For each layer you have to provide a name, the number of vertical grid points (# of grid points), the size in nm of each vertical grid point (grid point size). The total thickness of the layer = grid point size X # of grid points. For both horizontal and vertical grids you can define the reduction ratio (the number of grid points divided by the reduction ratio gives the number of cells effectively used in the simulation, see LV manual). You can exchange the position of the layers (click on the swap layers button, the click on the first layer, the click on the second layer to swap and so on. To end, click once more on the swap layers button), update an existing layer (click on the layer in the list, then change the parameters and click update), delete a layer.
 
fig. 12

Materials:

fig. 14

 

For each layer (you can select it from the bottom list in the frame), you choose the material type (left list), concentration, doping type, doping concentration, as well as device-dependent characteristics like Overdoping (to better simulate contacts) under contacts for HEMT or ionic implantation profiles for MESFET.
Overdoping: The Material definition window allows you to define also the Overdoping regions. The Overdoping technique allows for a better description of ohmic contact. Overdoping extends from the source and drain contact down to a given layer, usually the channel.

To define Overdoping choose the type of doping, the doping value (in units 1018 cm-3) and the vertical (y) grid point down to where the Overdoping extends.

 

Contacts:

 
here you define the applied voltages at contacts and the barrier high for the Gate Schottky contact.
 
fig. 15

Controls:

fig. 16
  here you define all the physical parameters for the simulation, like boundary conditions, temperature, activation of impact ionization etc.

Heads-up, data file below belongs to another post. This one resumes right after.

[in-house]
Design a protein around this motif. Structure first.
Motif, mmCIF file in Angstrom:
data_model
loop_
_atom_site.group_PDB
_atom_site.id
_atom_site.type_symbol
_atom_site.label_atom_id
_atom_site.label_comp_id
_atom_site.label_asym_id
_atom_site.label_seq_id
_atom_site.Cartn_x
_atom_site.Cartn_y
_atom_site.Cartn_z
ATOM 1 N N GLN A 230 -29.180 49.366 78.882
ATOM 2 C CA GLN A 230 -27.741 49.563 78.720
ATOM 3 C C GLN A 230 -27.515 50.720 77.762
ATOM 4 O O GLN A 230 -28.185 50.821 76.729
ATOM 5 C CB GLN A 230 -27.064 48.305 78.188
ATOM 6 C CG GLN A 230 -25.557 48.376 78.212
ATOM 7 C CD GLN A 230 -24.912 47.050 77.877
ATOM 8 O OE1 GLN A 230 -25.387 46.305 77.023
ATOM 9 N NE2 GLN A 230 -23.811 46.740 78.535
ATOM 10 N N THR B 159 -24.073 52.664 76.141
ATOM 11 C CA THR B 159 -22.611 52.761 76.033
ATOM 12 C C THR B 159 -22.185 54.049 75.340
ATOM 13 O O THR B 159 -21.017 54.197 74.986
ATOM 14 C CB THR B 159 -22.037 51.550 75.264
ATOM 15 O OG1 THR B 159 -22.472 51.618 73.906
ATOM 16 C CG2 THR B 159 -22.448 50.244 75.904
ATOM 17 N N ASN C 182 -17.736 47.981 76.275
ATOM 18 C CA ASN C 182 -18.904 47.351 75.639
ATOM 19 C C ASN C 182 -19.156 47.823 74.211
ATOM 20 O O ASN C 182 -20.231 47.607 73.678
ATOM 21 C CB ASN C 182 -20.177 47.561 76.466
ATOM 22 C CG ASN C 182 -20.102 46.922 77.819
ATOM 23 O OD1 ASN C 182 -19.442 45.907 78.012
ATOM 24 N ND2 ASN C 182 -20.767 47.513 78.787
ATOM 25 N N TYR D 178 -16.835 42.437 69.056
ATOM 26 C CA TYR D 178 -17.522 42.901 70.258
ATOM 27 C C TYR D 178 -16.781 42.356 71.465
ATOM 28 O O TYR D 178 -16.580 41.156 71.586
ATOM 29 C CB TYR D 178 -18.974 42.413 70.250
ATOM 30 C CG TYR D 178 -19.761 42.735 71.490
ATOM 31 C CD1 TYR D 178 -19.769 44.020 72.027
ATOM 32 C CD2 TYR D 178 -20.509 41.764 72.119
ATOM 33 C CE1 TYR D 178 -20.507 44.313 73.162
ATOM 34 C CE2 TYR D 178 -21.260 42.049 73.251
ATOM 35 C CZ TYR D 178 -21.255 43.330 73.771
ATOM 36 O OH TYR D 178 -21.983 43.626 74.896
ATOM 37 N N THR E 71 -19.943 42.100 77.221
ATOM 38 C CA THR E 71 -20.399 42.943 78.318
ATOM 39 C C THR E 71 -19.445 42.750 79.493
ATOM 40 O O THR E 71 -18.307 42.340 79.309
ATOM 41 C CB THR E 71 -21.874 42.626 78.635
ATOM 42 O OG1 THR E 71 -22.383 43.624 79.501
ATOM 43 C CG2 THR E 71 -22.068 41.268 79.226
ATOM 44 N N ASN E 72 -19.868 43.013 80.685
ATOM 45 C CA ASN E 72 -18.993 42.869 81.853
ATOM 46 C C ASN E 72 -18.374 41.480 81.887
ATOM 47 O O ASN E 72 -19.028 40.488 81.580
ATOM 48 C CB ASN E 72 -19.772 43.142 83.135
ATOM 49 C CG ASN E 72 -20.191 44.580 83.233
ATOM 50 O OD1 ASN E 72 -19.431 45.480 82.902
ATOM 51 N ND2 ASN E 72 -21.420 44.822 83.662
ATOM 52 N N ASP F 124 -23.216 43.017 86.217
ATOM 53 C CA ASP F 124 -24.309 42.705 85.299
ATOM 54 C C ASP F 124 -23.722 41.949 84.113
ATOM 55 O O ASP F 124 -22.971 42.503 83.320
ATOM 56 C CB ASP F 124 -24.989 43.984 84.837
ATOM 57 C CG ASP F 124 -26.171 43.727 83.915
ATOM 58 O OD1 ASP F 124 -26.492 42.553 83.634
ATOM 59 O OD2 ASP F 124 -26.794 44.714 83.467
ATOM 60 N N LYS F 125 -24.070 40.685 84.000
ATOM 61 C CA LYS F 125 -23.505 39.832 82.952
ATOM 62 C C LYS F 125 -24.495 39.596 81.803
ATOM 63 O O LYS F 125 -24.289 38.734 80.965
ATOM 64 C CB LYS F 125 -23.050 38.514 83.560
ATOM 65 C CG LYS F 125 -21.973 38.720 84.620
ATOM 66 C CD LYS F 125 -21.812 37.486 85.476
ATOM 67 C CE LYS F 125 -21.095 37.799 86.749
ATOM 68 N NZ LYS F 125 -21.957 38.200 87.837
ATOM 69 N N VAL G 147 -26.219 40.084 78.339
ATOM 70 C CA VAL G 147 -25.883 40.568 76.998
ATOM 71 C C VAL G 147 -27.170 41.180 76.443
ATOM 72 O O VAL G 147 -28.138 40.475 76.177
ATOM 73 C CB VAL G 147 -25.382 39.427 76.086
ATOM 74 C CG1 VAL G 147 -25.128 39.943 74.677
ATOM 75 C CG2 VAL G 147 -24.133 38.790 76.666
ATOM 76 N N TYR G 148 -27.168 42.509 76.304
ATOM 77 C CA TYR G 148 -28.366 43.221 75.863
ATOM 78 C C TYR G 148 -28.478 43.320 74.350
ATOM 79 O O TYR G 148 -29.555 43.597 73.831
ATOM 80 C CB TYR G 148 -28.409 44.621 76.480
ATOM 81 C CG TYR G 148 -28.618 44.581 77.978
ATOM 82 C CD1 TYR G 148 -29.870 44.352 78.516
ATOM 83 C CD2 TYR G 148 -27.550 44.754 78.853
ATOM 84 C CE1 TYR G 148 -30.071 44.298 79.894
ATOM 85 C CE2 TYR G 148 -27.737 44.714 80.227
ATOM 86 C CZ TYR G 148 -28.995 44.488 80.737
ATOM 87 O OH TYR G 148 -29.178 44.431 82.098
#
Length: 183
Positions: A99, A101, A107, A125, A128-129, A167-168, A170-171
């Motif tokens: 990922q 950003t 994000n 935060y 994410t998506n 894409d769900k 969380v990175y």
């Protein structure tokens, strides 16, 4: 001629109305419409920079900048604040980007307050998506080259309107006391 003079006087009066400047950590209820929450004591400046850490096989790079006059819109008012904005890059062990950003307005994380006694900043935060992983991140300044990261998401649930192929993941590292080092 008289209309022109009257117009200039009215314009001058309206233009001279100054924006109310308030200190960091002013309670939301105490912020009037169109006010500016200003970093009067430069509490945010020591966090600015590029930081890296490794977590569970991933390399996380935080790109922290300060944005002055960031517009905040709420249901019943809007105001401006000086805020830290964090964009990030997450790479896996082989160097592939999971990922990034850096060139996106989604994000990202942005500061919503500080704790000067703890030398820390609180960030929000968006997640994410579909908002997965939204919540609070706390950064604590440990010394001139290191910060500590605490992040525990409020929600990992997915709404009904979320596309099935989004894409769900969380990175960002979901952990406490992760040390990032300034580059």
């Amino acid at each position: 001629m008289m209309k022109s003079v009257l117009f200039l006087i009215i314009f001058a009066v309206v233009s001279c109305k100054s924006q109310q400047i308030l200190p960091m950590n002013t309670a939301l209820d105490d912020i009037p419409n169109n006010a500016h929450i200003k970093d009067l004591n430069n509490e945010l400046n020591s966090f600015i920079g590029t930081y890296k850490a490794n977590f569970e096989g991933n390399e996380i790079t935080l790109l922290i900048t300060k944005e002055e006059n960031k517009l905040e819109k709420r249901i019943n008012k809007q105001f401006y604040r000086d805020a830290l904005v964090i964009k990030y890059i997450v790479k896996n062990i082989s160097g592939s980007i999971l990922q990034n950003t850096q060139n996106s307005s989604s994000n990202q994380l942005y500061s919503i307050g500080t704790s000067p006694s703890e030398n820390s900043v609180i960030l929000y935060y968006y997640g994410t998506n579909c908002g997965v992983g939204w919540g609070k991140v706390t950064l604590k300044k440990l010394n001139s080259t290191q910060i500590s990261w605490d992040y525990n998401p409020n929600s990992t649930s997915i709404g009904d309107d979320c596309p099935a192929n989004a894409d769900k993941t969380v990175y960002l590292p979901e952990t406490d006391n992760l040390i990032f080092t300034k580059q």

Output:

 

here you choose which data produced by the simulation you want to save on the disk. Some of the files will be further splitted in subfiles for a direct plot with HyperPlot. For example, the density file (in this case '' dens.dat '') contains density for electron in Gamma valley, in L valley in X etc. etc. (see Manual) and this multidata type of file is not handled by HyperPlot (but you can download and use your own data plot tool). Thus the tool automatically split the '' dens.dat '' file in subfiles like '' dens_e_gamma.dat '' for electron in gamma valley. HyperPlot can plot this subfile.

 
fig. 18

Simulate:

fig. 20
 
This frame serves to submit the request for the simulation, or to save the input file without starting the simulation, if you want to edit and modify it.
 
   
 

You can at this point save the profile of the project (save profile).In this way you create the file LVprofile.ser in your directory. This file contains all your setting of the device (all the project) and can be run directly by pressing with the mouse the start button. In this way you can easily modify your project later on.

When LV start the simulation, it reads the file device.ini. When submit the job (submit button) you can create this input file according to your device definition if the create input on submit is marked. Otherwise you can use another (for example manually modified) device.ini input file present in the working directory if use old input on submit is marked

 

 

Step 5: Monitoring the job execution

After the job has been submitted you can monitor the job execution by clicking on the Jobs Status link in the left frame, just above the list of the Services (simulators). For details on this see the relative documentation: Job Monitor Utility.

Step 6: Plot

Results of the simulation can be either downloaded on the CLIENT computer or plotted using the ICODE Hyperplotter tool. For reference see the relative documentaton file: Hyperplotter Graphic Utility.